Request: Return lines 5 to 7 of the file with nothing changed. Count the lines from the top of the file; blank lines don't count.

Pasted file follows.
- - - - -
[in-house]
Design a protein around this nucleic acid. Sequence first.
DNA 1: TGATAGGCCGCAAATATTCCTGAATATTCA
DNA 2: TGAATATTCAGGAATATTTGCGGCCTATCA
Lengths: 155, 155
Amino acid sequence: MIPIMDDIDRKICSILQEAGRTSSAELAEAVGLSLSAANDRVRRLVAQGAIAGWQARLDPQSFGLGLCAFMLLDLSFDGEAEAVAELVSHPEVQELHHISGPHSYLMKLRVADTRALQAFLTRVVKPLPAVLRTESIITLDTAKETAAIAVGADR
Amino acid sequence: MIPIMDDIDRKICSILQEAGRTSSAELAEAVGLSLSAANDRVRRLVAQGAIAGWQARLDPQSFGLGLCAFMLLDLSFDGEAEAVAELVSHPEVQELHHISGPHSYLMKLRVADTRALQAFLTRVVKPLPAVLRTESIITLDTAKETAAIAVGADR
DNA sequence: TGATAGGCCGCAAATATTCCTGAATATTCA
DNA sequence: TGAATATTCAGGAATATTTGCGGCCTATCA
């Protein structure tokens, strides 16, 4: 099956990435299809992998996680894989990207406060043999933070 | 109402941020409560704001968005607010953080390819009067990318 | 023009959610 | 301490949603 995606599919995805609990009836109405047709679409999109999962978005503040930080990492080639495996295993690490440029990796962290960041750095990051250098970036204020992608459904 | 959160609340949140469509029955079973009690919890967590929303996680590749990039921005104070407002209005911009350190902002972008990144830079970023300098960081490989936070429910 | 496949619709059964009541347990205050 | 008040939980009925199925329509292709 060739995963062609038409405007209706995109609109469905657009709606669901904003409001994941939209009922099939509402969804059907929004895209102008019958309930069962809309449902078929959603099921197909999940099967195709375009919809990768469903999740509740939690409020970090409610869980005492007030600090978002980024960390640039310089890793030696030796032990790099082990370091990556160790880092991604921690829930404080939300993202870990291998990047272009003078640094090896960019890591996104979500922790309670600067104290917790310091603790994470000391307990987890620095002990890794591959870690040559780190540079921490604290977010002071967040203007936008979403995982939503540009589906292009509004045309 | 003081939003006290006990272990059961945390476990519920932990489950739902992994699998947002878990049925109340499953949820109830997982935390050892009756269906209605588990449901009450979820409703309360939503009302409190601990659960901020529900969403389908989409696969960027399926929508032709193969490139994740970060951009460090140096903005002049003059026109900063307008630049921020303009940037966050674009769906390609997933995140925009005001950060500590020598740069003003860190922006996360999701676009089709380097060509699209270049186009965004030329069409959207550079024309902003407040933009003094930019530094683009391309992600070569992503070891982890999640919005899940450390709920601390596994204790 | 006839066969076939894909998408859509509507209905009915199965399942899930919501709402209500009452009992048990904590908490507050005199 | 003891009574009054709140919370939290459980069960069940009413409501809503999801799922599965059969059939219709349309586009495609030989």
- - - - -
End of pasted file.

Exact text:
Lengths: 155, 155
Amino acid sequence: MIPIMDDIDRKICSILQEAGRTSSAELAEAVGLSLSAANDRVRRLVAQGAIAGWQARLDPQSFGLGLCAFMLLDLSFDGEAEAVAELVSHPEVQELHHISGPHSYLMKLRVADTRALQAFLTRVVKPLPAVLRTESIITLDTAKETAAIAVGADR
Amino acid sequence: MIPIMDDIDRKICSILQEAGRTSSAELAEAVGLSLSAANDRVRRLVAQGAIAGWQARLDPQSFGLGLCAFMLLDLSFDGEAEAVAELVSHPEVQELHHISGPHSYLMKLRVADTRALQAFLTRVVKPLPAVLRTESIITLDTAKETAAIAVGADR